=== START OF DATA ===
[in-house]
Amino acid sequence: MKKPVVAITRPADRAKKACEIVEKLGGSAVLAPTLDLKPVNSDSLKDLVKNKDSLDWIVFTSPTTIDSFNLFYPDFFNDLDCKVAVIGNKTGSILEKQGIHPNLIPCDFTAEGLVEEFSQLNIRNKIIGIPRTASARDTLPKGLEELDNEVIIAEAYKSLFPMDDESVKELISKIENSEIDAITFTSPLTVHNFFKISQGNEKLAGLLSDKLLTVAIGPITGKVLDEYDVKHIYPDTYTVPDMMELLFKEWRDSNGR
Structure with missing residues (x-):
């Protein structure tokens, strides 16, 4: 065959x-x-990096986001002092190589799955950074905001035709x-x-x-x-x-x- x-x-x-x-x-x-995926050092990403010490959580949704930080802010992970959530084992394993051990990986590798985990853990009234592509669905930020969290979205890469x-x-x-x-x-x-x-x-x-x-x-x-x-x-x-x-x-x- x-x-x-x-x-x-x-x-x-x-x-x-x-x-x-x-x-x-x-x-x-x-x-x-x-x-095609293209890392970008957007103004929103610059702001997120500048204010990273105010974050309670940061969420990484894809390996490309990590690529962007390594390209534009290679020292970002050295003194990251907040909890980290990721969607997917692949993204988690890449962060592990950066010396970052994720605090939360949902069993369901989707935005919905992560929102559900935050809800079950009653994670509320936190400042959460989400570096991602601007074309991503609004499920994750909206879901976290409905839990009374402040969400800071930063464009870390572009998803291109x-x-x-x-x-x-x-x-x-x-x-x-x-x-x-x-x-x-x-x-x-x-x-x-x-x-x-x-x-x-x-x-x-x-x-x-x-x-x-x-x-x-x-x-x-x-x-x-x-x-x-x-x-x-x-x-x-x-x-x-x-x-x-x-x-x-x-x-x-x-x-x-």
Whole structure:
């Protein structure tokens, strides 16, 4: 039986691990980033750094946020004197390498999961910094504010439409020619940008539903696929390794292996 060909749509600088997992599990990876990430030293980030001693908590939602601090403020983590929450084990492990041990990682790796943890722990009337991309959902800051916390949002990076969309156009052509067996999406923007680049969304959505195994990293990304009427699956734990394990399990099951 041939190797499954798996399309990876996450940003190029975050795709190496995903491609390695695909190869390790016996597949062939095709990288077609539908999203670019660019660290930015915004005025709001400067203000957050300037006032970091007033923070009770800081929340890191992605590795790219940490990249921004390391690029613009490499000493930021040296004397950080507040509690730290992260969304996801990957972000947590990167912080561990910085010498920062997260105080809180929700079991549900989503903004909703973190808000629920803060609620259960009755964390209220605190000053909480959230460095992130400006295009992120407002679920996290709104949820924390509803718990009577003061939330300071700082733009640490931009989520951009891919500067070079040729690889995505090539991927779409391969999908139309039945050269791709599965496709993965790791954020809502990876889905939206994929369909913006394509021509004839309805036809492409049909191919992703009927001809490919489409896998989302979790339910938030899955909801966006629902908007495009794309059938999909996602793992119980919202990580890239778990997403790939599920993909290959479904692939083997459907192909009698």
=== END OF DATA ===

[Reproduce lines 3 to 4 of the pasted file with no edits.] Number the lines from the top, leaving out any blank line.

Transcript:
Structure with missing residues (x-):
């Protein structure tokens, strides 16, 4: 065959x-x-990096986001002092190589799955950074905001035709x-x-x-x-x-x- x-x-x-x-x-x-995926050092990403010490959580949704930080802010992970959530084992394993051990990986590798985990853990009234592509669905930020969290979205890469x-x-x-x-x-x-x-x-x-x-x-x-x-x-x-x-x-x- x-x-x-x-x-x-x-x-x-x-x-x-x-x-x-x-x-x-x-x-x-x-x-x-x-x-095609293209890392970008957007103004929103610059702001997120500048204010990273105010974050309670940061969420990484894809390996490309990590690529962007390594390209534009290679020292970002050295003194990251907040909890980290990721969607997917692949993204988690890449962060592990950066010396970052994720605090939360949902069993369901989707935005919905992560929102559900935050809800079950009653994670509320936190400042959460989400570096991602601007074309991503609004499920994750909206879901976290409905839990009374402040969400800071930063464009870390572009998803291109x-x-x-x-x-x-x-x-x-x-x-x-x-x-x-x-x-x-x-x-x-x-x-x-x-x-x-x-x-x-x-x-x-x-x-x-x-x-x-x-x-x-x-x-x-x-x-x-x-x-x-x-x-x-x-x-x-x-x-x-x-x-x-x-x-x-x-x-x-x-x-x-």